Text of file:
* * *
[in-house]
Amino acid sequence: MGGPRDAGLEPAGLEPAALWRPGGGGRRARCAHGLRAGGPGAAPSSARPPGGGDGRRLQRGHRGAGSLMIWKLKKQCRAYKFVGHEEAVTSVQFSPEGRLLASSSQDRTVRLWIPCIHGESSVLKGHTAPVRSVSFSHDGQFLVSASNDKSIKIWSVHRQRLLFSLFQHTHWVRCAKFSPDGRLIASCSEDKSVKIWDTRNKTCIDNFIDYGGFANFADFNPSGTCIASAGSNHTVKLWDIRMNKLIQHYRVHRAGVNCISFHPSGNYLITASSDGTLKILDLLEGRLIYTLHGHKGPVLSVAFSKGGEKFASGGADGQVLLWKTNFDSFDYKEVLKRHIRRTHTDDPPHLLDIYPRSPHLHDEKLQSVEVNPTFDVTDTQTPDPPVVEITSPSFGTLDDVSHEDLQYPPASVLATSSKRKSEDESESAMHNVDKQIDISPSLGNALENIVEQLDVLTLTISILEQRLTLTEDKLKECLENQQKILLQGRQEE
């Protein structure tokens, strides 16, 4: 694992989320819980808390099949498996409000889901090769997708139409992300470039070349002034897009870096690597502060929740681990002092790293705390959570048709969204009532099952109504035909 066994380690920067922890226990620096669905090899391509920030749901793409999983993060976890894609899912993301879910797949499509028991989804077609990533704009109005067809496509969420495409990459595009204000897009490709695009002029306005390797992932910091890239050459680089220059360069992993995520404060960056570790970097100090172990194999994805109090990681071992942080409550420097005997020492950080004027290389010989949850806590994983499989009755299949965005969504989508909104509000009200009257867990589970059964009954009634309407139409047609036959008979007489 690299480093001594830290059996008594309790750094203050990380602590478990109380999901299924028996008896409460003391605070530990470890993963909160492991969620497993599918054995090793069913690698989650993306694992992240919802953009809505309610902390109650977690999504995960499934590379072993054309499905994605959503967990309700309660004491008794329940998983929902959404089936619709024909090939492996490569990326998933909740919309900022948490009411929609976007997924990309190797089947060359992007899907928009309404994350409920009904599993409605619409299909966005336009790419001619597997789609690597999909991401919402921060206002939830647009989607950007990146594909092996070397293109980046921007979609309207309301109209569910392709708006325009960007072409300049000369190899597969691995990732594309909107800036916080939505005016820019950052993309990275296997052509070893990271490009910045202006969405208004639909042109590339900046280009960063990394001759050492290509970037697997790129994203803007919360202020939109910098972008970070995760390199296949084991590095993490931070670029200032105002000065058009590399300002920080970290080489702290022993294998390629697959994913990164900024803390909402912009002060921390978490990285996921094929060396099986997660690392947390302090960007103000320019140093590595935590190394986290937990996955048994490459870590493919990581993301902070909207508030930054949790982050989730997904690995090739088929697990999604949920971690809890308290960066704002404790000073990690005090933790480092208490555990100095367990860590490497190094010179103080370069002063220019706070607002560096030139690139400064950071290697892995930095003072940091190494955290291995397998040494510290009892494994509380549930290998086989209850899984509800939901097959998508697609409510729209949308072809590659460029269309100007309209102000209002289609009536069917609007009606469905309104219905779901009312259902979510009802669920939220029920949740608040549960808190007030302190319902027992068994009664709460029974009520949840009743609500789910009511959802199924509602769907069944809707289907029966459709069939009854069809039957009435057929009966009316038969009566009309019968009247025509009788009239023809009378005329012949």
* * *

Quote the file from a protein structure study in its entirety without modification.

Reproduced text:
[in-house]
Amino acid sequence: MGGPRDAGLEPAGLEPAALWRPGGGGRRARCAHGLRAGGPGAAPSSARPPGGGDGRRLQRGHRGAGSLMIWKLKKQCRAYKFVGHEEAVTSVQFSPEGRLLASSSQDRTVRLWIPCIHGESSVLKGHTAPVRSVSFSHDGQFLVSASNDKSIKIWSVHRQRLLFSLFQHTHWVRCAKFSPDGRLIASCSEDKSVKIWDTRNKTCIDNFIDYGGFANFADFNPSGTCIASAGSNHTVKLWDIRMNKLIQHYRVHRAGVNCISFHPSGNYLITASSDGTLKILDLLEGRLIYTLHGHKGPVLSVAFSKGGEKFASGGADGQVLLWKTNFDSFDYKEVLKRHIRRTHTDDPPHLLDIYPRSPHLHDEKLQSVEVNPTFDVTDTQTPDPPVVEITSPSFGTLDDVSHEDLQYPPASVLATSSKRKSEDESESAMHNVDKQIDISPSLGNALENIVEQLDVLTLTISILEQRLTLTEDKLKECLENQQKILLQGRQEE
């Protein structure tokens, strides 16, 4: 694992989320819980808390099949498996409000889901090769997708139409992300470039070349002034897009870096690597502060929740681990002092790293705390959570048709969204009532099952109504035909 066994380690920067922890226990620096669905090899391509920030749901793409999983993060976890894609899912993301879910797949499509028991989804077609990533704009109005067809496509969420495409990459595009204000897009490709695009002029306005390797992932910091890239050459680089220059360069992993995520404060960056570790970097100090172990194999994805109090990681071992942080409550420097005997020492950080004027290389010989949850806590994983499989009755299949965005969504989508909104509000009200009257867990589970059964009954009634309407139409047609036959008979007489 690299480093001594830290059996008594309790750094203050990380602590478990109380999901299924028996008896409460003391605070530990470890993963909160492991969620497993599918054995090793069913690698989650993306694992992240919802953009809505309610902390109650977690999504995960499934590379072993054309499905994605959503967990309700309660004491008794329940998983929902959404089936619709024909090939492996490569990326998933909740919309900022948490009411929609976007997924990309190797089947060359992007899907928009309404994350409920009904599993409605619409299909966005336009790419001619597997789609690597999909991401919402921060206002939830647009989607950007990146594909092996070397293109980046921007979609309207309301109209569910392709708006325009960007072409300049000369190899597969691995990732594309909107800036916080939505005016820019950052993309990275296997052509070893990271490009910045202006969405208004639909042109590339900046280009960063990394001759050492290509970037697997790129994203803007919360202020939109910098972008970070995760390199296949084991590095993490931070670029200032105002000065058009590399300002920080970290080489702290022993294998390629697959994913990164900024803390909402912009002060921390978490990285996921094929060396099986997660690392947390302090960007103000320019140093590595935590190394986290937990996955048994490459870590493919990581993301902070909207508030930054949790982050989730997904690995090739088929697990999604949920971690809890308290960066704002404790000073990690005090933790480092208490555990100095367990860590490497190094010179103080370069002063220019706070607002560096030139690139400064950071290697892995930095003072940091190494955290291995397998040494510290009892494994509380549930290998086989209850899984509800939901097959998508697609409510729209949308072809590659460029269309100007309209102000209002289609009536069917609007009606469905309104219905779901009312259902979510009802669920939220029920949740608040549960808190007030302190319902027992068994009664709460029974009520949840009743609500789910009511959802199924509602769907069944809707289907029966459709069939009854069809039957009435057929009966009316038969009566009309019968009247025509009788009239023809009378005329012949």